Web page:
From my own perspective, the Occupy Oakland Brooms Collective’s first action this last Saturday was a huge success. About 8 Occupiers showed up to sweep and pick up trash, as did about 5 others through the San Pablo Corridor Coalition, the group with whom we partnered. We worked for two hours on St. Andrew’s Plaza, a notoriously nasty little corner park on 32nd and San Pablo in the heart of Ghost Town, and a veritable open-air drug markets most days and nights of the week. I bike down San Pablo Avenue fairly often. This is one of those places where I’m always a little bit relieved to have behind me. And I have to admit, I was apprehensive on the day of the action, walking up there by myself. Would I be the first one there? What would I do if I were? Luckily I wasn’t. Nathan and Alex of the San Pablo Corridor Coalition, the group with whom we’d coordinated the day’s action, were already unloading brooms and dust pans and getting to work.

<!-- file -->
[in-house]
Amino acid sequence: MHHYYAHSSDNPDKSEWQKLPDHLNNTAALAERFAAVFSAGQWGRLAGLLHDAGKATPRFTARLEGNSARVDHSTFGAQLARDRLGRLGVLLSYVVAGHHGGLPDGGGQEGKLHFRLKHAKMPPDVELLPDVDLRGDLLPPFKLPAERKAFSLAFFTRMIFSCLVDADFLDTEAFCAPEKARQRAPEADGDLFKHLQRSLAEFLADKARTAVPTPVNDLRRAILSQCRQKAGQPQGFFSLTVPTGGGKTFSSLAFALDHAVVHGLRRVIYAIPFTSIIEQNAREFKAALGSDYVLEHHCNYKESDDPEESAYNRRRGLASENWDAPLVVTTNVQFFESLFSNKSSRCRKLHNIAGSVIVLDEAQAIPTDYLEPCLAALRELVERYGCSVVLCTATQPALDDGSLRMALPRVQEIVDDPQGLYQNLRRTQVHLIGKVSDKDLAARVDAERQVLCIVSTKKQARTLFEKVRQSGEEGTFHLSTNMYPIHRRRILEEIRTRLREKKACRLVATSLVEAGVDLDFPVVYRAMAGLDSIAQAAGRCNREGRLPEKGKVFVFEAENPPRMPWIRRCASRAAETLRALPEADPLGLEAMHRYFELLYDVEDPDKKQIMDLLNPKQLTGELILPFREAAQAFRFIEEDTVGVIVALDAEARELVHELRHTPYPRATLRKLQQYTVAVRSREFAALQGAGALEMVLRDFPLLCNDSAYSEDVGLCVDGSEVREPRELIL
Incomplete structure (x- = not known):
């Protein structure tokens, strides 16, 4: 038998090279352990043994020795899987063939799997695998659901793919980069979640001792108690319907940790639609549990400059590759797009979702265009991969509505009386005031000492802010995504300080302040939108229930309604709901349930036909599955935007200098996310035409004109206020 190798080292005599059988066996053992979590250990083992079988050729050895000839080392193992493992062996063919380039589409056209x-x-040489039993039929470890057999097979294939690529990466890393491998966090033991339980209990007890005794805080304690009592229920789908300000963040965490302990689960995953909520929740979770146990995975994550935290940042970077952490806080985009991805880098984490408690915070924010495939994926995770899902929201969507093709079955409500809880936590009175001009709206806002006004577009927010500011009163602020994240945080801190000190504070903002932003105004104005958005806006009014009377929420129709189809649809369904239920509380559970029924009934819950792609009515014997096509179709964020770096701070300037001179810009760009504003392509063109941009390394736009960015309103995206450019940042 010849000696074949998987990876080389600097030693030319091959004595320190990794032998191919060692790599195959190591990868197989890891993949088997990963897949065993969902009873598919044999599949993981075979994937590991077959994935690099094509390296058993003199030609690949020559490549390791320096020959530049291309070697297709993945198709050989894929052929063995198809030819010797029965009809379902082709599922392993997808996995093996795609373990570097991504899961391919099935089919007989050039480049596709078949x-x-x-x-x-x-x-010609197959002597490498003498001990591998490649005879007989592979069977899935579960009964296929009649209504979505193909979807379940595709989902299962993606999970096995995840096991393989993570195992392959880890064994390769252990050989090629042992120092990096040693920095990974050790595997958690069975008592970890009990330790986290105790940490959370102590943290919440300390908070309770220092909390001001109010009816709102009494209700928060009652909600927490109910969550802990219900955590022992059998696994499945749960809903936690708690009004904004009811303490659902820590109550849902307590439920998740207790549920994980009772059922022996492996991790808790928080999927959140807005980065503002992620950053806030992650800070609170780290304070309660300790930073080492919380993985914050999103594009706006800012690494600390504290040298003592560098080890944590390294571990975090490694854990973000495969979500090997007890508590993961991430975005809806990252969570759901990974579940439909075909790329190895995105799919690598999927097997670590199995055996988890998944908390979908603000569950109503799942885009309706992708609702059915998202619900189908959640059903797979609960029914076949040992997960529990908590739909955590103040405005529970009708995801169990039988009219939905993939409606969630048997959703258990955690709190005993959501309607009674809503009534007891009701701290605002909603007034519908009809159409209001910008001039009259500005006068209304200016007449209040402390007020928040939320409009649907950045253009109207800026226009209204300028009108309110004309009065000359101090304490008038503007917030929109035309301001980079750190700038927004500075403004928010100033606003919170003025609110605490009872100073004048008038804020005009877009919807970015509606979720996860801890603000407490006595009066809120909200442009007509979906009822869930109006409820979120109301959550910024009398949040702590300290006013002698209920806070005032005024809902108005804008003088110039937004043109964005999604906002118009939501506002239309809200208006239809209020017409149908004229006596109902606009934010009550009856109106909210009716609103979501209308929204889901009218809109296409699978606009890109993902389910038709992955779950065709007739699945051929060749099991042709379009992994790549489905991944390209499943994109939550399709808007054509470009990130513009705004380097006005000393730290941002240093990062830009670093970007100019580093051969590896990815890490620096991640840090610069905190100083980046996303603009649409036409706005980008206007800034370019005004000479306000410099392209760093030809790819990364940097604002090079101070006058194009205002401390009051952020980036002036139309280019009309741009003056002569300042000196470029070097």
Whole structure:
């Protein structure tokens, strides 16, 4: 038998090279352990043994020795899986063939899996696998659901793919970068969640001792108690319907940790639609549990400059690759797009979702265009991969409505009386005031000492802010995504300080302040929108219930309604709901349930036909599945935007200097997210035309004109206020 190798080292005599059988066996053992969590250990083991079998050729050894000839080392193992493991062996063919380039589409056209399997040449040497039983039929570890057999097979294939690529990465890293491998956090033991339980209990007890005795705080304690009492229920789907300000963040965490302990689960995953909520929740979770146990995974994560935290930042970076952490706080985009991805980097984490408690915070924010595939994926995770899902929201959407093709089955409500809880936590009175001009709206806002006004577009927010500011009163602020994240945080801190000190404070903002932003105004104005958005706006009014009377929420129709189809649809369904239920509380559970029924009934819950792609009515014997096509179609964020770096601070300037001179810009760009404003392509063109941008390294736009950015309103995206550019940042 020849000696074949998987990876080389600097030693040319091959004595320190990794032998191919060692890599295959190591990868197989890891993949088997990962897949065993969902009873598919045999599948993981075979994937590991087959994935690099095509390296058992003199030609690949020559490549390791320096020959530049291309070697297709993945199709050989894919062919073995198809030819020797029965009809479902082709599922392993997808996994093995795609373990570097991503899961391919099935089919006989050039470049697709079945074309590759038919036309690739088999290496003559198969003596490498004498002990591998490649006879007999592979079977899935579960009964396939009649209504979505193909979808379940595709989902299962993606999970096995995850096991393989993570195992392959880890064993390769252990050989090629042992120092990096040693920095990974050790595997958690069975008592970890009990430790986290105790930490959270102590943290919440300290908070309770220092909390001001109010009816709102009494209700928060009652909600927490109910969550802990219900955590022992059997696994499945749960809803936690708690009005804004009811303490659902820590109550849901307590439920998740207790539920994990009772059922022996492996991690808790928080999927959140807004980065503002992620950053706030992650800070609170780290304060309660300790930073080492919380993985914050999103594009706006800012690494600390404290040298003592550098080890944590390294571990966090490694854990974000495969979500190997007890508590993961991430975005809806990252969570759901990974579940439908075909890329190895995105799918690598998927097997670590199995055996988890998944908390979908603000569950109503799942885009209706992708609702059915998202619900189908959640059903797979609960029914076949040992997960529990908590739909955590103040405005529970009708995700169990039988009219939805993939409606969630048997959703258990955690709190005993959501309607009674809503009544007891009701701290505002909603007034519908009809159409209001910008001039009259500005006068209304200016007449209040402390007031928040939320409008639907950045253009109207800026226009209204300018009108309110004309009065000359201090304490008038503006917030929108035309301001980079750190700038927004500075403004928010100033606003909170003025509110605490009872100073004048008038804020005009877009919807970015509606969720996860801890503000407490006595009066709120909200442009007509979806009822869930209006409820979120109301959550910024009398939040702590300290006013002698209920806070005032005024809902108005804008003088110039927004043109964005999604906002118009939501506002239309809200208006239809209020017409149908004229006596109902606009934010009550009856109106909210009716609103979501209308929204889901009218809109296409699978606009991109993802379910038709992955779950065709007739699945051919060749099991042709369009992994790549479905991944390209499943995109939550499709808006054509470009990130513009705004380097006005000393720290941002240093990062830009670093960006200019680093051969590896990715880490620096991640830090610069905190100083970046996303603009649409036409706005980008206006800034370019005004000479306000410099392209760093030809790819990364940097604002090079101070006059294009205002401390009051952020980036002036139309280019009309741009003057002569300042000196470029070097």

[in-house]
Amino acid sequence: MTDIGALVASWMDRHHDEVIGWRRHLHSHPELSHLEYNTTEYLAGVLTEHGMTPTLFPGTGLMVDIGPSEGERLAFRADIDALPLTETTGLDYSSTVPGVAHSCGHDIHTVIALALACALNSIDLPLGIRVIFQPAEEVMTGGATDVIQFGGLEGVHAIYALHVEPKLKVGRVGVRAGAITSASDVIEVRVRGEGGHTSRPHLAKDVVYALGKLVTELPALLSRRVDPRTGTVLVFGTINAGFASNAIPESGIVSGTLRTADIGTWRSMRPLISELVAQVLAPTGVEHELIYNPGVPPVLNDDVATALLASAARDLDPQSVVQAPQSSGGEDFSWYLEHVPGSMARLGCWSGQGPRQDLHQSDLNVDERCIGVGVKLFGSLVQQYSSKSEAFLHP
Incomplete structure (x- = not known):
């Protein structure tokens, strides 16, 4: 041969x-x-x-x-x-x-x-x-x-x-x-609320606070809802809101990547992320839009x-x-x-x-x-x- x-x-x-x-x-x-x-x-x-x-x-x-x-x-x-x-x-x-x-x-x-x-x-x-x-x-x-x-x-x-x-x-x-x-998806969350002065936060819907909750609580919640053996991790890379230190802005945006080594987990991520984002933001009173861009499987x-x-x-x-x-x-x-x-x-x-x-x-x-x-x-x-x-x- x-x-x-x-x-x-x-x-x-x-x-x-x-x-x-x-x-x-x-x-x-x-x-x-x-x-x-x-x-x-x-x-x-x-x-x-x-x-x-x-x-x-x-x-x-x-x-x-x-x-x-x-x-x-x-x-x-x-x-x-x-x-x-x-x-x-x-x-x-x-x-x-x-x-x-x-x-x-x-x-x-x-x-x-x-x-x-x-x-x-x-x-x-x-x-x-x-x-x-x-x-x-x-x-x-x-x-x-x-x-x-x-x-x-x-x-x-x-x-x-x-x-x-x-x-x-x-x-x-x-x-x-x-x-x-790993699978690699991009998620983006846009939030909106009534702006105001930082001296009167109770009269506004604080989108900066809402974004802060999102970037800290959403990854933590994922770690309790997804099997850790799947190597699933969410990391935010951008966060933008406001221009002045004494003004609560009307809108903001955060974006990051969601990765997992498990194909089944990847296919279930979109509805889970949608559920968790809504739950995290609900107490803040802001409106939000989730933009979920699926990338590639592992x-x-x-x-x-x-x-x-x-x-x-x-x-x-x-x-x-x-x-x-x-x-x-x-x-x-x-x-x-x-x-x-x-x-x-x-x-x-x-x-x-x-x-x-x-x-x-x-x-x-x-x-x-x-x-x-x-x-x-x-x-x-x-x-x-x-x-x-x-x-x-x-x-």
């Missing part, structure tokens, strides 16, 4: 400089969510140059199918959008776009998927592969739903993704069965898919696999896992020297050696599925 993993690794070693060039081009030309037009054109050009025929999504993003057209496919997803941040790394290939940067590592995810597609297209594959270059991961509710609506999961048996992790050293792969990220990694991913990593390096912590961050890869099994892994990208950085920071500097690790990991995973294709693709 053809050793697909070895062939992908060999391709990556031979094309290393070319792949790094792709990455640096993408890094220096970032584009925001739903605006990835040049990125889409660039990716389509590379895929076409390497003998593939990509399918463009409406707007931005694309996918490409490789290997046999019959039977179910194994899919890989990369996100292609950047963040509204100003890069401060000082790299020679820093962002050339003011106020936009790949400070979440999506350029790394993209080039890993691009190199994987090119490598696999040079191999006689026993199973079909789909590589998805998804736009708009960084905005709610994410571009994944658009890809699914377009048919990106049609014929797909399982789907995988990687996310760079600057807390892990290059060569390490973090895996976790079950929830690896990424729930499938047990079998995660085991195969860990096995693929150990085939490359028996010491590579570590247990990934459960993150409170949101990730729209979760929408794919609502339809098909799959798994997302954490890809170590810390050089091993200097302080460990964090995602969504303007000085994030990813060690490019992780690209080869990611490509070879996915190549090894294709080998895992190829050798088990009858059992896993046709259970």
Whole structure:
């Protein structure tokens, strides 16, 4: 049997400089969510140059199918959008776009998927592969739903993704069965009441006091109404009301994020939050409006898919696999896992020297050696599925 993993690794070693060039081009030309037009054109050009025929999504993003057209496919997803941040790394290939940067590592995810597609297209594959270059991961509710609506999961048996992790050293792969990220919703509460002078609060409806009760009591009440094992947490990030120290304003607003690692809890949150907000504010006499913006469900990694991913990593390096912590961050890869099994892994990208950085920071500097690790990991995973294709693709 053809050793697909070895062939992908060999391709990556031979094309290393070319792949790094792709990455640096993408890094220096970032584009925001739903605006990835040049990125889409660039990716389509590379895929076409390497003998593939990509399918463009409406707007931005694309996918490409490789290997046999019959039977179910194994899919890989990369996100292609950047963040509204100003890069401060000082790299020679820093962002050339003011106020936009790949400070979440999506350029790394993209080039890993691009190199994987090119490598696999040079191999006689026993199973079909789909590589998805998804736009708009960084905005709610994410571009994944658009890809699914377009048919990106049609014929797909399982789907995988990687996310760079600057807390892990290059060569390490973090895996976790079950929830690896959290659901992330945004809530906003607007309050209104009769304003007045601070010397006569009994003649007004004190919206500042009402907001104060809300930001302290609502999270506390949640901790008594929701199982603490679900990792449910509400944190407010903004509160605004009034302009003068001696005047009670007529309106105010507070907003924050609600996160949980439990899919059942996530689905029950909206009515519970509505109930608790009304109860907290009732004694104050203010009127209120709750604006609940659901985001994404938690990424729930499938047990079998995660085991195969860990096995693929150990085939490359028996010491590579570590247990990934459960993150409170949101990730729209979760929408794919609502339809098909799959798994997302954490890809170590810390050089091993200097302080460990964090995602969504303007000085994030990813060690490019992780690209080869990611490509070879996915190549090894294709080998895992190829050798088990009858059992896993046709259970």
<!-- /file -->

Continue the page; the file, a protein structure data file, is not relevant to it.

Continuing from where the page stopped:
I can take credit for Occupy Brooms’ genesis, though I’ll have to try hard not to take ownership. I started announcing the idea at GA’s a couple weeks ago, and I attended several OO groups normally outside my schedule to bat the idea around a little. I collected e-mails and sent out blasts. I got almost uniformly positive responses. Jade from the Community Outreach Collective, a hugely impressive group that knows a lot about the lay of the Oakland land, set me up with a San Pablo Corridor rep., and at the Brooms Collective’s first planning meeting last Tuesday he told us that he and a few others have been doing clean up at St. Andrew’s every Saturday at 10 AM using city-supplied tools (the city has a store of volunteer equipment, and will sponsor anyone who fills out the paperwork, even OOer’s, ostensibly). Sometimes the Andrews clean up crew has to conduct their work around blatant drug use and prostitutes plying their trade. On Saturday we were a little luckier. Or maybe our numbers were enough. Either way, while we were there the park cleared out, and a porous perimeter established itself on the streets and stoops and doorways surrounding the triangular little park. We had an audience for sure, some of whom seemed less pleased with our presence than others. But nobody became confrontational. Quite the contrary in fact. We were doing good. Our hearts were in the right place, even if most of us were white. St. Andrews isn’t a large park. With 13 brooms, rakes, and dustpans moving it didn’t take long to clear out the layer of debris and broken glass, the hypodermic needles and the milky little zip-loc dime bags. Underneath it all was a surprisingly pleasant little place, with seating and comfortable benches, picnic tables with painted on chess boards, just the right amount of shade provided by the towering Eucalyptus trees, whose smell even overshadowed that of stale alcohol. A KTVU cameraman arrived early in the morning and filmed us going about our business. He interviewed me briefly, and then he left. I can’t imagine that his footage was all that stirring, well hearted as it might have been. A departure from the usual Occupy Oakland headline, and perhaps a bit of a relief to many of our more estranged supporters.